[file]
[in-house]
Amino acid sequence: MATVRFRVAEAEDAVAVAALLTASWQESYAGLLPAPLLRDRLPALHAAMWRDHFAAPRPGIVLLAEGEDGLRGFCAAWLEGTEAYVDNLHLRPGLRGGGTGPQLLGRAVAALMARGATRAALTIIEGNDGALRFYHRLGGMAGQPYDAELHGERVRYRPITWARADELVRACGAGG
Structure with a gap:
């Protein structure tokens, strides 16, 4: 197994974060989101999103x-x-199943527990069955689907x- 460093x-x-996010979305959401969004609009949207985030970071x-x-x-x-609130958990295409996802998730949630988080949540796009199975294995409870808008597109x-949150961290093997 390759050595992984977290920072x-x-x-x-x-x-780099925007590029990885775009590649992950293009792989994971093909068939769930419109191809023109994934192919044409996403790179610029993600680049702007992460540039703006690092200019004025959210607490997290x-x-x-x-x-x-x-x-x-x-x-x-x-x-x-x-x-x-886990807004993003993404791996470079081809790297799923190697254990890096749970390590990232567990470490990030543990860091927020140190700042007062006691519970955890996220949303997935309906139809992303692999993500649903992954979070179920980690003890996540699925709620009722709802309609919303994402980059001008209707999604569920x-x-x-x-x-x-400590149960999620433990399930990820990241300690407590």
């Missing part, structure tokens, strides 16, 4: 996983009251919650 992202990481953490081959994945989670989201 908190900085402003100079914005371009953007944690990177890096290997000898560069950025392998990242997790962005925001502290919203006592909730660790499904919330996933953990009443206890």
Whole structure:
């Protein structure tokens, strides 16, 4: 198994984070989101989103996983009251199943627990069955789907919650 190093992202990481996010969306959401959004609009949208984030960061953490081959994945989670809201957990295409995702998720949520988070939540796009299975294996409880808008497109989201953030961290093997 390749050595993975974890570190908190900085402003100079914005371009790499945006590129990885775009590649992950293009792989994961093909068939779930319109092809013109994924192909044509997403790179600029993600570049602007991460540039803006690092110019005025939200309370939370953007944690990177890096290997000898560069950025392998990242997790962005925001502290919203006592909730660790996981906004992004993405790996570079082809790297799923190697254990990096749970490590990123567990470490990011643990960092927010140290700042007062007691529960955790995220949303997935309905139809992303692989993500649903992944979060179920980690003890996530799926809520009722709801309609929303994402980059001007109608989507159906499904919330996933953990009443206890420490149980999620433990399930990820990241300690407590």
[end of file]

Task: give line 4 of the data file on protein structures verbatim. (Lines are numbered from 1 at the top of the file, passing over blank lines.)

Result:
């Protein structure tokens, strides 16, 4: 197994974060989101999103x-x-199943527990069955689907x- 460093x-x-996010979305959401969004609009949207985030970071x-x-x-x-609130958990295409996802998730949630988080949540796009199975294995409870808008597109x-949150961290093997 390759050595992984977290920072x-x-x-x-x-x-780099925007590029990885775009590649992950293009792989994971093909068939769930419109191809023109994934192919044409996403790179610029993600680049702007992460540039703006690092200019004025959210607490997290x-x-x-x-x-x-x-x-x-x-x-x-x-x-x-x-x-x-886990807004993003993404791996470079081809790297799923190697254990890096749970390590990232567990470490990030543990860091927020140190700042007062006691519970955890996220949303997935309906139809992303692999993500649903992954979070179920980690003890996540699925709620009722709802309609919303994402980059001008209707999604569920x-x-x-x-x-x-400590149960999620433990399930990820990241300690407590």